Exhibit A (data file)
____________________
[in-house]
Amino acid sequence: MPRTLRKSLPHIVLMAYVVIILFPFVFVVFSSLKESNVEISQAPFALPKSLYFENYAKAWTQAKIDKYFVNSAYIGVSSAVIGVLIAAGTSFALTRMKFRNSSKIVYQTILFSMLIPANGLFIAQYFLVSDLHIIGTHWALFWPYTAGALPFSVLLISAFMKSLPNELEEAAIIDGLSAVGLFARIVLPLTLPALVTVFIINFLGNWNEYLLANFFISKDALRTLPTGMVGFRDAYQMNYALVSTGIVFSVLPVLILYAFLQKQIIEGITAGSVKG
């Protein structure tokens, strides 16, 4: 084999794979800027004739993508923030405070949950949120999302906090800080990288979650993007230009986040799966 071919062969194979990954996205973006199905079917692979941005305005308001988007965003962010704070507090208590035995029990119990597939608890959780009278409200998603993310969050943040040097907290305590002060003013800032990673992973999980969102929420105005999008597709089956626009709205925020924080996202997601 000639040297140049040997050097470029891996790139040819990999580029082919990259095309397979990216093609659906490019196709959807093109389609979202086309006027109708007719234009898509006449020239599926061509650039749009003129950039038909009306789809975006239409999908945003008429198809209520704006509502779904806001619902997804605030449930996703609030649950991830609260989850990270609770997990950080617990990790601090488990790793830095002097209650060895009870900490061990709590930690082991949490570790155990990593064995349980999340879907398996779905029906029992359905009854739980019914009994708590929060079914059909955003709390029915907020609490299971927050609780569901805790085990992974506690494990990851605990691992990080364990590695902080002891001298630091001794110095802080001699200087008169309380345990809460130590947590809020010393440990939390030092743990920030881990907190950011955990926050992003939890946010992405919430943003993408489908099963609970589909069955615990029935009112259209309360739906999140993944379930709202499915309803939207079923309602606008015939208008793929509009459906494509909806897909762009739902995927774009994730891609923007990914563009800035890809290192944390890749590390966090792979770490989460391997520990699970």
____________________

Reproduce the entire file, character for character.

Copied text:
[in-house]
Amino acid sequence: MPRTLRKSLPHIVLMAYVVIILFPFVFVVFSSLKESNVEISQAPFALPKSLYFENYAKAWTQAKIDKYFVNSAYIGVSSAVIGVLIAAGTSFALTRMKFRNSSKIVYQTILFSMLIPANGLFIAQYFLVSDLHIIGTHWALFWPYTAGALPFSVLLISAFMKSLPNELEEAAIIDGLSAVGLFARIVLPLTLPALVTVFIINFLGNWNEYLLANFFISKDALRTLPTGMVGFRDAYQMNYALVSTGIVFSVLPVLILYAFLQKQIIEGITAGSVKG
């Protein structure tokens, strides 16, 4: 084999794979800027004739993508923030405070949950949120999302906090800080990288979650993007230009986040799966 071919062969194979990954996205973006199905079917692979941005305005308001988007965003962010704070507090208590035995029990119990597939608890959780009278409200998603993310969050943040040097907290305590002060003013800032990673992973999980969102929420105005999008597709089956626009709205925020924080996202997601 000639040297140049040997050097470029891996790139040819990999580029082919990259095309397979990216093609659906490019196709959807093109389609979202086309006027109708007719234009898509006449020239599926061509650039749009003129950039038909009306789809975006239409999908945003008429198809209520704006509502779904806001619902997804605030449930996703609030649950991830609260989850990270609770997990950080617990990790601090488990790793830095002097209650060895009870900490061990709590930690082991949490570790155990990593064995349980999340879907398996779905029906029992359905009854739980019914009994708590929060079914059909955003709390029915907020609490299971927050609780569901805790085990992974506690494990990851605990691992990080364990590695902080002891001298630091001794110095802080001699200087008169309380345990809460130590947590809020010393440990939390030092743990920030881990907190950011955990926050992003939890946010992405919430943003993408489908099963609970589909069955615990029935009112259209309360739906999140993944379930709202499915309803939207079923309602606008015939208008793929509009459906494509909806897909762009739902995927774009994730891609923007990914563009800035890809290192944390890749590390966090792979770490989460391997520990699970």